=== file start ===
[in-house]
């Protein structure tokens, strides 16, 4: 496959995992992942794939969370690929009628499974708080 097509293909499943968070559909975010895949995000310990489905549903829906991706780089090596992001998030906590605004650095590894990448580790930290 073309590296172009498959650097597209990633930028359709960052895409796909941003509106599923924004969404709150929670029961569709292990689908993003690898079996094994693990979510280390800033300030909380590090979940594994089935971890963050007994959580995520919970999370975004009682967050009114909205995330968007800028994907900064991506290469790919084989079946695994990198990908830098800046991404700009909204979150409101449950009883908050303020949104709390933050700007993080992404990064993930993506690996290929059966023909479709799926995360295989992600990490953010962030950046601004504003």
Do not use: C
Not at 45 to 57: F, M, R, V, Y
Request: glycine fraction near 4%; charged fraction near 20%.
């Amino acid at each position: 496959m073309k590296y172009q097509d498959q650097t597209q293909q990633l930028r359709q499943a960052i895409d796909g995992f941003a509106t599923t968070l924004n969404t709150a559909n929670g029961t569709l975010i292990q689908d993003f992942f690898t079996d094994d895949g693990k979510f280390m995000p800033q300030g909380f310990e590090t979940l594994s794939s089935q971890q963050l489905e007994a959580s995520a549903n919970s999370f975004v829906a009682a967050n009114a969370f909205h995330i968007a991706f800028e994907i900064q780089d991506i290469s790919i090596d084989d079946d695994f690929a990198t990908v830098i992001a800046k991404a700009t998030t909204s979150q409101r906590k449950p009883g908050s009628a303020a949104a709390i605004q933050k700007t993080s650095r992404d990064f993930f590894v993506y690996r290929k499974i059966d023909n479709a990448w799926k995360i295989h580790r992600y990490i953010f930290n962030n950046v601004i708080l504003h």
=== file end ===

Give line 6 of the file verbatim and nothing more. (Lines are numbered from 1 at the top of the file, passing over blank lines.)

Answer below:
């Amino acid at each position: 496959m073309k590296y172009q097509d498959q650097t597209q293909q990633l930028r359709q499943a960052i895409d796909g995992f941003a509106t599923t968070l924004n969404t709150a559909n929670g029961t569709l975010i292990q689908d993003f992942f690898t079996d094994d895949g693990k979510f280390m995000p800033q300030g909380f310990e590090t979940l594994s794939s089935q971890q963050l489905e007994a959580s995520a549903n919970s999370f975004v829906a009682a967050n009114a969370f909205h995330i968007a991706f800028e994907i900064q780089d991506i290469s790919i090596d084989d079946d695994f690929a990198t990908v830098i992001a800046k991404a700009t998030t909204s979150q409101r906590k449950p009883g908050s009628a303020a949104a709390i605004q933050k700007t993080s650095r992404d990064f993930f590894v993506y690996r290929k499974i059966d023909n479709a990448w799926k995360i295989h580790r992600y990490i953010f930290n962030n950046v601004i708080l504003h």